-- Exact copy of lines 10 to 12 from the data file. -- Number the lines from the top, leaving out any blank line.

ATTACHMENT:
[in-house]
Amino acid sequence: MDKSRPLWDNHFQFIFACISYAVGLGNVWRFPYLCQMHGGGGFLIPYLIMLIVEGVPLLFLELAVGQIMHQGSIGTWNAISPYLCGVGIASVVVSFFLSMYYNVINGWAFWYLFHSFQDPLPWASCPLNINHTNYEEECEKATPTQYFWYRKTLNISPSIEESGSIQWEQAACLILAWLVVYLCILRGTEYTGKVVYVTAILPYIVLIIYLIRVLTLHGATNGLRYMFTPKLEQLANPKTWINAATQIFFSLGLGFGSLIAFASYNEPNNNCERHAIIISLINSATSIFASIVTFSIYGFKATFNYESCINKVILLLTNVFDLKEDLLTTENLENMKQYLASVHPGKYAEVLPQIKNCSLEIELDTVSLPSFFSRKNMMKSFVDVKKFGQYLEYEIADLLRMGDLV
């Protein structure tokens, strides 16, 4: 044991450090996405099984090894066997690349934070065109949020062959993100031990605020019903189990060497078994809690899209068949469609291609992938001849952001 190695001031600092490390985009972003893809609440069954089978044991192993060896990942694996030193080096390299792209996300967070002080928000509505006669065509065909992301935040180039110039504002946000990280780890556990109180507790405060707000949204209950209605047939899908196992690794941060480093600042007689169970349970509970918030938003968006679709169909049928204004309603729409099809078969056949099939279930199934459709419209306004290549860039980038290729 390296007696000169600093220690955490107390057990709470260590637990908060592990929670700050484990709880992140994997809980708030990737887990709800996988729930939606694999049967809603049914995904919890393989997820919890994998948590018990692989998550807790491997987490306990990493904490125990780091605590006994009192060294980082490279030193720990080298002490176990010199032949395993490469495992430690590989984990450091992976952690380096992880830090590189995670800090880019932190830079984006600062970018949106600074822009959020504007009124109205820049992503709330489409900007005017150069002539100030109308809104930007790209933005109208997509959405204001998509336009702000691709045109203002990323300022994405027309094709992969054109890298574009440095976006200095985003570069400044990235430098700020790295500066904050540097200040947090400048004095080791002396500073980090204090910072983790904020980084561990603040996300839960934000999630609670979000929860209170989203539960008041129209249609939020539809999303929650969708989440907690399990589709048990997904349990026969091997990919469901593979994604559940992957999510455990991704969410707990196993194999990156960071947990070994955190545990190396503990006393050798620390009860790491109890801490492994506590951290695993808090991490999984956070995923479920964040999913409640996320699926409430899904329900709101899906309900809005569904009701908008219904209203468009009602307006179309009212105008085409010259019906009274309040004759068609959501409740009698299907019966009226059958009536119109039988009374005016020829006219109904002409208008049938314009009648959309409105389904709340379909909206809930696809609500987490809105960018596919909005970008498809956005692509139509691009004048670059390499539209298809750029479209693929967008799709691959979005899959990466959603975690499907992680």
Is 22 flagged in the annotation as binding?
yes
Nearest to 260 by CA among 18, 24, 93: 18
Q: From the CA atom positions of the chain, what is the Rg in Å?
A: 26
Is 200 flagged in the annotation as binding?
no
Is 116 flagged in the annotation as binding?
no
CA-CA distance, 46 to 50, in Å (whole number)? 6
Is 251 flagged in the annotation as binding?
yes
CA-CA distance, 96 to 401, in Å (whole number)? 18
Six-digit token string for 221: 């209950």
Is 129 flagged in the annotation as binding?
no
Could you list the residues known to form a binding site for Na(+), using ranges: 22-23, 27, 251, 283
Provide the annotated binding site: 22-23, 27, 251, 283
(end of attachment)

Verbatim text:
no
Is 116 flagged in the annotation as binding?
no